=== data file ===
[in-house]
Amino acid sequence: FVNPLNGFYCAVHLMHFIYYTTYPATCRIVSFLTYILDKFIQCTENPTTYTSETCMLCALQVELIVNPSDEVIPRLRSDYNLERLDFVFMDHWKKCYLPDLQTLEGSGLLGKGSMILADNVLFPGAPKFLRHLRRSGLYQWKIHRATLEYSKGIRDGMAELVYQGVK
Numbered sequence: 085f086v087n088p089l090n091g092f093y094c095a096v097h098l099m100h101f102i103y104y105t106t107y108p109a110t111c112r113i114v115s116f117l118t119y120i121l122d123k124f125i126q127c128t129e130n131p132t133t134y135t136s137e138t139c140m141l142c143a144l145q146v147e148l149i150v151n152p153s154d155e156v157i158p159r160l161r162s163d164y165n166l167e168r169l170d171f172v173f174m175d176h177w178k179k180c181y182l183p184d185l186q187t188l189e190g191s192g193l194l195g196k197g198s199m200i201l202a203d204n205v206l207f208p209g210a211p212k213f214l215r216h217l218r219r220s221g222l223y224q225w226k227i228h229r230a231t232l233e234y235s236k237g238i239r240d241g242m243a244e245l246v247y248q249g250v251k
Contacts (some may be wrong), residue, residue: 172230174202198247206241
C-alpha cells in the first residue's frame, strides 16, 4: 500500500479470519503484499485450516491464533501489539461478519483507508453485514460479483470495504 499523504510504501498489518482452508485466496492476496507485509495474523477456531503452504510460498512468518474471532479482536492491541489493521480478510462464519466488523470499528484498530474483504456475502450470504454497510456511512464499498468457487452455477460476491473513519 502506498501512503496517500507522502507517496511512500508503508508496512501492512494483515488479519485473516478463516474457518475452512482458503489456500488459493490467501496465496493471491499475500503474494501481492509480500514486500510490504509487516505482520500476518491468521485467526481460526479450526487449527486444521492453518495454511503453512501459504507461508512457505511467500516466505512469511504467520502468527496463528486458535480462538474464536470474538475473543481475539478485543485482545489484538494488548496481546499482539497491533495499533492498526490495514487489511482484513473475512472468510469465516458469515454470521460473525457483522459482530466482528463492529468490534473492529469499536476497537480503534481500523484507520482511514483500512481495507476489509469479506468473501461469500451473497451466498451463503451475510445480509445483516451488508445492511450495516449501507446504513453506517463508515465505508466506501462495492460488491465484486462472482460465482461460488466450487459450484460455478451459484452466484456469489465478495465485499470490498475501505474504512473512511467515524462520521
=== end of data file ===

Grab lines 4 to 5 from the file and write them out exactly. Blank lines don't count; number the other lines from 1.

Contacts (some may be wrong), residue, residue: 172230174202198247206241
C-alpha cells in the first residue's frame, strides 16, 4: 500500500479470519503484499485450516491464533501489539461478519483507508453485514460479483470495504 499523504510504501498489518482452508485466496492476496507485509495474523477456531503452504510460498512468518474471532479482536492491541489493521480478510462464519466488523470499528484498530474483504456475502450470504454497510456511512464499498468457487452455477460476491473513519 502506498501512503496517500507522502507517496511512500508503508508496512501492512494483515488479519485473516478463516474457518475452512482458503489456500488459493490467501496465496493471491499475500503474494501481492509480500514486500510490504509487516505482520500476518491468521485467526481460526479450526487449527486444521492453518495454511503453512501459504507461508512457505511467500516466505512469511504467520502468527496463528486458535480462538474464536470474538475473543481475539478485543485482545489484538494488548496481546499482539497491533495499533492498526490495514487489511482484513473475512472468510469465516458469515454470521460473525457483522459482530466482528463492529468490534473492529469499536476497537480503534481500523484507520482511514483500512481495507476489509469479506468473501461469500451473497451466498451463503451475510445480509445483516451488508445492511450495516449501507446504513453506517463508515465505508466506501462495492460488491465484486462472482460465482461460488466450487459450484460455478451459484452466484456469489465478495465485499470490498475501505474504512473512511467515524462520521